word bank #107

You never wanted to take that job. Don't make out you're disappointed you failed the interview.
make out: "to give the impression that something is true when in fact it isn't"

1. You can't do three jobs at once. That's totally impractical.

2. You're practically old enough to drive. Why don't you think about saving up for lessons?

3. You need to practise regularly if you want to improve.

Everyone was celebrating the team's victory in town. All the drivers were blowing their car horns.
"to blow a (car) horn"
# by scummy | 2009-02-08 21:29 | CAE


1. Teenagers have to learn how to juggle school studies with spending time with their friends.

2. If two people instantly like each other and become friends, you can say they hit it off.

3. A teenager about her best friend and herself: 'The fact that we have occasional tiffs shows how close we are to each other - we're like sisters'.

4. Jeans and T-shirts can be worn by both boys and girls. Ther are unisex clothes.

5. Teenagers often talk about things that are bugging them - in other words, irritating them.

6. A common colloquil word for someone whois modern, stylish and always stays calm is cool.
# by scummy | 2009-01-17 07:41 | BBC

crossword - Shoes

1. To be down on one's upper: to be very poor. It means that their shoes have lost the sole and heel, only the top part of the shoe remains.

2. Shoes that have thick soles sitting under the front part of the foot to make you look taller

3. The bottom of a shoe

4. Soft shoes that you wear in the house

5. Light open shoes with straps

6. Shortened form of wellington boot

7. To be/look down at heel: to be or look untidy and uncared for.

8. Shoes which you can use for different sports and exercise

9. A set of short pointed pieces of metal or plastic fixed to the bottom of shoes worn for some sports

10. A person who mends shoes
# by scummy | 2009-01-17 07:33 | BBC

crossword - Restaurant

1. A Lazy Susan is a circular piece of wood or plastic which is put on a table and can be turned around so that everyone at a circular table can reach the food

2. A informal word for a dessert, the dish which comes after the main meal

3. A food that is famous in a particular region or town

4. To pick up the bill in a restaurant means to pay a bill, especially for other people

5. Side dishes - smaller portions you order to go with your main meal

6. A meal in a restaurant where you help yourself

7. A list of the dishes that you can choose to eat in a restaurant

8. We use this word to refer to a professional cook who works in a restaurant

9. An informal word for café

10. A menu of the different wines that a restaurant sells
wine list
# by scummy | 2008-12-14 16:12 | BBC


しかし、あのひかえめな インテレクトを音符にのっけることが、他の誰に出来るというのだ。
バンドが消滅した時、 それらは結局、芸術品になっていくのだ。そんなお芸術が生きる勇気や喜びを 与えてくれるわけがない。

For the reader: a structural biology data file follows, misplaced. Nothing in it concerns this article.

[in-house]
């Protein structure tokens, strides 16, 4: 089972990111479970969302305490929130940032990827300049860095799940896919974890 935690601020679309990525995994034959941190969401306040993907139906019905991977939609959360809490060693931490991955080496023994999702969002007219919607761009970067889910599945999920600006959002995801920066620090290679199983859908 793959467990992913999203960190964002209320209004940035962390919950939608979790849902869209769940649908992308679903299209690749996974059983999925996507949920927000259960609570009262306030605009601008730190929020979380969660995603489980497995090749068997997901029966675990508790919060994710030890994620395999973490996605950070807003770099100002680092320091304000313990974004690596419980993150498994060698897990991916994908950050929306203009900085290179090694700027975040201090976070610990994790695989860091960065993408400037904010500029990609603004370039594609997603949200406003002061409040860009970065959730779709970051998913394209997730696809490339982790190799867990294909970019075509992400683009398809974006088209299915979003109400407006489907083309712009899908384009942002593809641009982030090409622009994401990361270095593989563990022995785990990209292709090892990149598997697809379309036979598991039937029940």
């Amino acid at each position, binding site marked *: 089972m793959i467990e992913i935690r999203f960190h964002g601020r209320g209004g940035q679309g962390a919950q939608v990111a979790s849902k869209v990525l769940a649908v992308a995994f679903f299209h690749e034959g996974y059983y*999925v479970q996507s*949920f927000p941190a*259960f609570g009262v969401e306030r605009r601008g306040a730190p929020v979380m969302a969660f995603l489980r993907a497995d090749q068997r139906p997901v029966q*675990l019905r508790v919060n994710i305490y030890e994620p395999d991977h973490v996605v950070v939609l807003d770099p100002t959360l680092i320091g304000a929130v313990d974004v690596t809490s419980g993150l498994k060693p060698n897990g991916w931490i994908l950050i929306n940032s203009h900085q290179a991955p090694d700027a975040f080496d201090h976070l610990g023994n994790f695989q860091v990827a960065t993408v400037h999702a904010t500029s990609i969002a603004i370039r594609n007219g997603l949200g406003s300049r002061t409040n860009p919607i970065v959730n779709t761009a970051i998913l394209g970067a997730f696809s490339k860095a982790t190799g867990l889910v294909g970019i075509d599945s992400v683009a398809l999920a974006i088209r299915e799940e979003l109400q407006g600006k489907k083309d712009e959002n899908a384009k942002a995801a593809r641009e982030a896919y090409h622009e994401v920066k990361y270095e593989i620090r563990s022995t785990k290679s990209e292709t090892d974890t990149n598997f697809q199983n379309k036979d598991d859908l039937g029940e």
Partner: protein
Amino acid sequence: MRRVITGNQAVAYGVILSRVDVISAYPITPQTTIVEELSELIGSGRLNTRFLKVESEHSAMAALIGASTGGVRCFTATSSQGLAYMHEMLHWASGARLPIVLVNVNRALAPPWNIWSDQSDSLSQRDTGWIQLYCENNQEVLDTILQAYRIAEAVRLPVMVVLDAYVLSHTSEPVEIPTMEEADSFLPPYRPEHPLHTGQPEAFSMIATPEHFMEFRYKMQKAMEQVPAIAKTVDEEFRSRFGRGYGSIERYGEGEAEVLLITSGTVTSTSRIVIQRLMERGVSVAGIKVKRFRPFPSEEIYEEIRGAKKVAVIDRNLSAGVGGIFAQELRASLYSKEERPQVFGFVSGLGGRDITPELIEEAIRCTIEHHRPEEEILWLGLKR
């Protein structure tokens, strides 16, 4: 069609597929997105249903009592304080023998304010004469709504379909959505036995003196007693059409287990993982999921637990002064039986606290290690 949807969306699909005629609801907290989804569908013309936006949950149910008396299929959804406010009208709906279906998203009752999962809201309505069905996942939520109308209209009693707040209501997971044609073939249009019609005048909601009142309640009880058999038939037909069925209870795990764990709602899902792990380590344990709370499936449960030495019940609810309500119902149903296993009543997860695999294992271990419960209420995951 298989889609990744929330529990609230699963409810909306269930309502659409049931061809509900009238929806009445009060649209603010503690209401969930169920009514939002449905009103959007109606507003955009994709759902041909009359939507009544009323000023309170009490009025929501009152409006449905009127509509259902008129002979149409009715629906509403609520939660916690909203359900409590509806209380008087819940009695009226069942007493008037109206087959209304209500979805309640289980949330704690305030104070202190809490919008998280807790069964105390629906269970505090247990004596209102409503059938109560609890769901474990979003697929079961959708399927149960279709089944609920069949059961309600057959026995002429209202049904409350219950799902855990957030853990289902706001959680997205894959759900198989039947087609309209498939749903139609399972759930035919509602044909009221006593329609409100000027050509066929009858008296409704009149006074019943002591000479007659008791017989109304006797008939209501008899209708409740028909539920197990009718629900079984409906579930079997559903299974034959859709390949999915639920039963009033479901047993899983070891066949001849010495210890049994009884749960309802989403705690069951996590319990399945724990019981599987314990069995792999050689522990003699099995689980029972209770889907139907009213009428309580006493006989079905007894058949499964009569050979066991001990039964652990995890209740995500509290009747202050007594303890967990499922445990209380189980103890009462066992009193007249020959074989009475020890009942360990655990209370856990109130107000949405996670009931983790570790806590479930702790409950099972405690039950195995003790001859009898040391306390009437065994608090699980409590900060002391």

そしてもしもそうした輝きを知覚させてくれたローゼスに恩返しが出来るとするなら、 いつもその記憶を糧として、へこたれてたまるかという決意を日々の中で実践していく事しかない。
# by scummy | 2008-11-21 04:15


※P=プッシュ ※各々のラストに必ず耳横から鎖骨へ流す動き

5.片方ずつ 頬のぶにー/片手で頬を支え、指2~4本で顎の中央から、
# by scummy | 2008-11-21 04:07

coffee & tv

どんなにつまらないものだって うんざりな気分だって 払いのけてる
本当に君のことを 心配なんてしてくれない人に

だから、コーヒーを入れてテレビをつけて 昔のことを話そうよ
いろんなことを見すぎちゃって 目が見えなくなりそうだ
ほとんど頭は止まってしまって 器用に交際するなんて僕には無理だよ

# by scummy | 2008-11-16 09:12

Languages for Business

To make conversation
To get by in a language
To make yourself understand
To be bilingual/multilingual
Native/Non-native speaker
To master another language
Communication breakdown
To overcome communication barriers
To get an insight into another culture
To broaden cultural understanding
Cross-cultural communication
Cultural sensitivity
To increase job opportunities
To improve your career prospects
To have/give you a competitive edge
To conduct business
Personal gratification
To expand your mind
To broaden your horizons
To form friendships
To enrich your knowledge
# by scummy | 2008-11-06 23:00 | english


It's located/situated in
Of the beaten track
Hidden gem/Best kept secret
Conservation area
Picturesque villages
Unspoilt countryside
Stunning surroundings
Breathtaking views
Guided tours
Local crafts/cuisine
Distinctive cuisine
Traditional crafts/food
Cultural heritage
Rich in architecture/culture
Vibrant atmosphere/night life
Popular with the locals

More signposting
First/To begin with
Let’s begin
I’d like to start by
Let’s move on to/Turning now to
For example/To illustrate this
In contrast/although
To sum up/In conclusion
# by scummy | 2008-10-02 23:21

crossword - Auction

1. The hammer price is the cost of something at an auction

2. An auction house is a place where people make higher and higher offers of money, in competition with each other, until the item is sold to the person who is willing to pay most

3. Objects, often sold at auction, which remind a person of something

4. At an auction, a lot is one of the objects that is being sold

5. The man or woman who is in charge of the the auction---------auctioneer

6. Something which is "Going under the hammer" is being sold at auction

7. An offer to pay a particular amount of money to buy something----------bid

8. To reach a price of----------fetch

9. The person making a bid------------bidder

10. Something bought cheaply or for less than its usual price-----------bargain
# by scummy | 2008-10-01 02:05 | BBC

crossword - Architecture

1. Another word for a balcony-----------gallery

2. A raised flat area of gravel or grass where people can sit or walk and admire the view-----------terrace

3. A tall, narrow building-----------tower

4. A smooth slope (which can be used instead of steps)-----------ramp

5. A tall, vertical post, often made of stone and with a cylindrical shape----------column

6. A building of special historical or architectural interest-----------listed